Wednesday, 31 May 2017 09:22

Flooded with woes

The massive downpour and the subsequent floods experienced especially in the districts of Ratnapura, Kalutara, Matara, Galle and Hambantota dominated the TV and newspaper headlines last week.

The floods have so far claimed more than 180 lives with 112 missing and 557,500 people displaced. Only the 2004 Boxing Day Tsunami had claimed more lives and displaced more people. The floods that occurred in recent years did not claim so many lives.
Two words could summarise this huge tragedy: Disaster Unpreparedness. There have been many allegations in the media and by the affected people that the responsible agencies were either not aware of the magnitude of the looming rains or ignored the warning signs. In fact, nearly all the agencies dealing with disaster preparedness were caught unawares as the catastrophe unfolded. A visibly angry Prime Minister Ranil Wickremesinghe at an especially convened meeting at Temple Trees did not mince his words when he blamed the responsible agencies for failing to inform each other and coordinate the response to the situation. This institutional failure must be remedied with immediate effect because we seem to be prone to natural disasters with alarming regularity.

Although Sri Lanka has been having a Disaster Management Centre (DMC) for several years, what is worrying is the lack of a long-term plan for disaster preparedness and mitigation. Instead, ad-hoc measures are adopted every time a disaster occurs, be it floods, landslides or even the recent collapse of a garbage mound in Meethotamulla. This response is usually chaotic and does not serve the victims very well. This time, the DMC and other agencies were totally unprepared for the events that took place. On Saturday when others perused the essential items list in the disaster preparedness agencies it indicated ZERO. There was nobody to take responsibility for this huge mistake. The lack of coordination and a huge communications gap prevailed. The Prime Minister pinpointed that there was a huge communication gap among the Government agencies.

The Government agencies even said that landslides occurred in areas where they never expected.

This is an irresponsible statement by the disaster preparedness agencies including the National Building Research Organization (NBRO). They should constantly check for developments in the landslide map and take precautions where necessary. In Sri Lanka, we are generally wise after an event, not before it. This trend should be changed at least now.

For starters, they all knew that a very long drought usually culminates in a massive downpour for which you have to be prepared. They could have used army camps and other Security Forces installations spread throughout the country to store essentials and even boats. That is what neighbouring India does and India responded to our call very fast since they had supplies in the Tuticorin Naval base and rapid deployment was possible. So far, a couple of Indian ships have arrived here with supplies.

A long–term plan and national policy for disaster preparedness and mitigation must be formulated even at this late stage. It should cover everything from food preparation to the temporary shelter for the victims, leading up to resettlement and reconstruction. The proper roles of all the agencies should be clearly spelt out and the roles that can be played by the Security Forces, the private sector, NGOs and the public should also be taken into account. There is now a tendency to pass on all aspects of the search and rescue effort to the Security Forces and the Police. This should not be the case. Civilian agencies must necessarily be involved.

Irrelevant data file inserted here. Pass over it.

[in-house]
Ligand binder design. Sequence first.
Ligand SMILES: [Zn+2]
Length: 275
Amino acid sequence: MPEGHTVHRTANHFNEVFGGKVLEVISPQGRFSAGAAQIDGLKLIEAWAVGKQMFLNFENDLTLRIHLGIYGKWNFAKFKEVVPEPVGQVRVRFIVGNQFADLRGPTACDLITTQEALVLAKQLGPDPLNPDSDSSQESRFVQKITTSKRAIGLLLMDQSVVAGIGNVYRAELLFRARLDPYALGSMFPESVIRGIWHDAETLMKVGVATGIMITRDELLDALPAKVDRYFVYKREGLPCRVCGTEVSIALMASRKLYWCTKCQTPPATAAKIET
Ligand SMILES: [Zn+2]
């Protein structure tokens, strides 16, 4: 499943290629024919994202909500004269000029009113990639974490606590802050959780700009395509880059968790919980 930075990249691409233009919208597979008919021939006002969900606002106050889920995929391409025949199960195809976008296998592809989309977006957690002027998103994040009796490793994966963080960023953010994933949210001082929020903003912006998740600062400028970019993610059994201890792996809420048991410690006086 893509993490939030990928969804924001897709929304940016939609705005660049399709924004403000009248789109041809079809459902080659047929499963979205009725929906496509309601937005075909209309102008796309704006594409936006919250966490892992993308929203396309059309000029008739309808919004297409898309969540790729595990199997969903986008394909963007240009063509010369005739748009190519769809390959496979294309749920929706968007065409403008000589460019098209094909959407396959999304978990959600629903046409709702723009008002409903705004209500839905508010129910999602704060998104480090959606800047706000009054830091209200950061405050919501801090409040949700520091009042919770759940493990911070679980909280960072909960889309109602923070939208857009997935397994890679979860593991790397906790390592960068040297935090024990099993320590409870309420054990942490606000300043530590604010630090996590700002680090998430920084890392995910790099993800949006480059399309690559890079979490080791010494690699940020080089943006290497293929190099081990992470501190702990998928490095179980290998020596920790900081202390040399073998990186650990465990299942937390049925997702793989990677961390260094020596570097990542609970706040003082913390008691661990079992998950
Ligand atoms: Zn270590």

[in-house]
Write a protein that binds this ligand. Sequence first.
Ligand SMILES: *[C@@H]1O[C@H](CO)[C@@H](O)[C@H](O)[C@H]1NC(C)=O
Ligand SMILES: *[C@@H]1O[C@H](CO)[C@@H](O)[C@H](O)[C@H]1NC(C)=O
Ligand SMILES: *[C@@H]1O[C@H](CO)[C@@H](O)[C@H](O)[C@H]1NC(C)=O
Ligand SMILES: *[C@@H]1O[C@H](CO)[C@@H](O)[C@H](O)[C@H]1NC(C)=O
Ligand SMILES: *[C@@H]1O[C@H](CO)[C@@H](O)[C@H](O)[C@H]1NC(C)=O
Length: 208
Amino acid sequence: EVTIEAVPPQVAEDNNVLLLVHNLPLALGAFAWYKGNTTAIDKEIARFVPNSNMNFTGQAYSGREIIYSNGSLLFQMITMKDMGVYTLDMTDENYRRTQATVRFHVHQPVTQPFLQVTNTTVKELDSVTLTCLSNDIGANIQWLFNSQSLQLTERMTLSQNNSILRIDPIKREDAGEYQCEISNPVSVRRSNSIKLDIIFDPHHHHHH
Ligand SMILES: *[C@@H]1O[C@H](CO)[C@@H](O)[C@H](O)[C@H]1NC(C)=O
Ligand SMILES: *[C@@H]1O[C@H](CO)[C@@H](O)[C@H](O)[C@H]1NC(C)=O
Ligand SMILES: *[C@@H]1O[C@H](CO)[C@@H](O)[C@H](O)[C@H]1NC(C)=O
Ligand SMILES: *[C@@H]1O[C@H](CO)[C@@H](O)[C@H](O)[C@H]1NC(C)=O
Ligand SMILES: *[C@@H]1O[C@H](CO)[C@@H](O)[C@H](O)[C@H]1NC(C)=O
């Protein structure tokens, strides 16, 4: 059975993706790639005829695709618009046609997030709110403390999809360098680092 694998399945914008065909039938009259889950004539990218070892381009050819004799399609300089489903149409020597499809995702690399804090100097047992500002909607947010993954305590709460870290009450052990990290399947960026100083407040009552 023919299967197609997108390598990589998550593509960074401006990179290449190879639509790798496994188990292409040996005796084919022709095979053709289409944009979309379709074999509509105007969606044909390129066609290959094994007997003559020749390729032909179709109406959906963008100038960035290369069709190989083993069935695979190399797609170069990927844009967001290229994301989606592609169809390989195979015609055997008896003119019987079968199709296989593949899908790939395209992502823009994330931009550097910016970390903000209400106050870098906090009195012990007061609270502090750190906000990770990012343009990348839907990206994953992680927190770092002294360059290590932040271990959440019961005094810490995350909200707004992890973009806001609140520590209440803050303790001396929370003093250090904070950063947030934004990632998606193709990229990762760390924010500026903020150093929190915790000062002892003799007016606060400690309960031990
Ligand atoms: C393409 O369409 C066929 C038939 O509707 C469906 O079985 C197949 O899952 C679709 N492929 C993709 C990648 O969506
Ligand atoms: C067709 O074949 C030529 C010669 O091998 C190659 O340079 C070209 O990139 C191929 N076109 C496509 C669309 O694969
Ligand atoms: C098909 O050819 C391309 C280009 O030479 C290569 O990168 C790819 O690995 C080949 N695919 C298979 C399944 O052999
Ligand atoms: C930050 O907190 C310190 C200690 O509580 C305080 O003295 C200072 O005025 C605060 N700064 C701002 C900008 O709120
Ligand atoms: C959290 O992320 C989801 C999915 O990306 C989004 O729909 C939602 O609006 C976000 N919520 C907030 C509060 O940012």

Proper disaster management plan

Among the agencies that must be included in a proper disaster management plan (not in any particular order) are the DMC, NBRO, Geological Survey and Mines Bureau, Coastal Conservation Department, Marine Pollution Prevention Authority, Urban Development Authority, Highways Ministry and Road Development Authority, Health Ministry, Education Ministry, Met Department, Security Forces and Police, Provincial Councils and Local Bodies, Divisional Secretariats, Central Engineering Consultancy Bureau, National Water Supply and Drainage Board, Ceylon Electricity Board and Lanka Electricity Company (LECO), Ceylon Petroleum Corporation and the SLTB and Railways Department (this list is not exhaustive).

It should be a holistic approach to every type of disaster imaginable including earthquakes. Experts are of the opinion that an even an earthquake could occur around Sri Lanka due to recent geological phenomena. Floods and droughts are occurring more frequently in our part of the world due to the phenomenon of global warming. Indeed, man is responsible for the fallout of damaging the natural environment. Deforestation, soil erosion, excessive fuel consumption, indiscriminate waste disposal, unauthorised constructions on water retention and landslide-prone areas and other such aberrations take a heavy toll on the environment. There could be more floods in flood prone areas and a prolonged drought in drought-prone areas. This was quite apparent when floods were experienced in one area but the effects of the drought continued in other areas such as the North Central Province (NCP) with little or no rain.

The problem with the Sri Lankan psyche is that we come up with grand designs which often fall by the wayside after a few months. We will forget even this flood in two weeks and wake up only when another flood strikes next year or year after next. The USAID some time back gave a proposal to set up a rapid response team but this seems to have gone into cold storage in some obscure place. A disaster management centre was to be established in Katunayake close to the BIA but after having done all architectural designs it remains a mere proposal. These are shortcomings that have to be addressed urgently.

Things get even worse when Government agencies act on false information or act on their own without getting the correct facts. In one instance, the Police jumped the gun in Bandaragama and Wadduwa areas alerting the people of a major bund burst in the vicinity but it was found to be a false alarm. The Government together with telecom firms developed a rapid SMS alert system following the tsunami, which could be extended to other disaster types and perhaps targeted at subscribers in certain stipulated areas. The public will then have confidence that it is a verified warning or alert. We are a very politically active nation and we tend to blame the Government for everything, the weather included. While the Government cannot indeed do anything about the fury of nature which is unleashed from to time, it can take certain steps to prepare for and in the aftermath of a disaster. This is what the Premier insisted on at the meeting in Temple Trees, where he exhorted Ministers and MPs from the flood affected areas to be in their respective electorates/districts at this time. The only exception was granted to Minister Anura Priyadharshana Yapa (who was in Mexico attending a conference) and Acting Minister Dunesh Gankanda who have to coordinate relief efforts from the DMC in Colombo. This is seen as a very good move since there have been many public complaints that Ministers and MPs rarely visit their electorates even in a normal situation. Some have not visited their hometowns for months. (It is a mystery as to where they go because many seats in Parliament are also empty on any given sitting day). It is hoped that the flood will motivate them to visit their respective areas for relief work.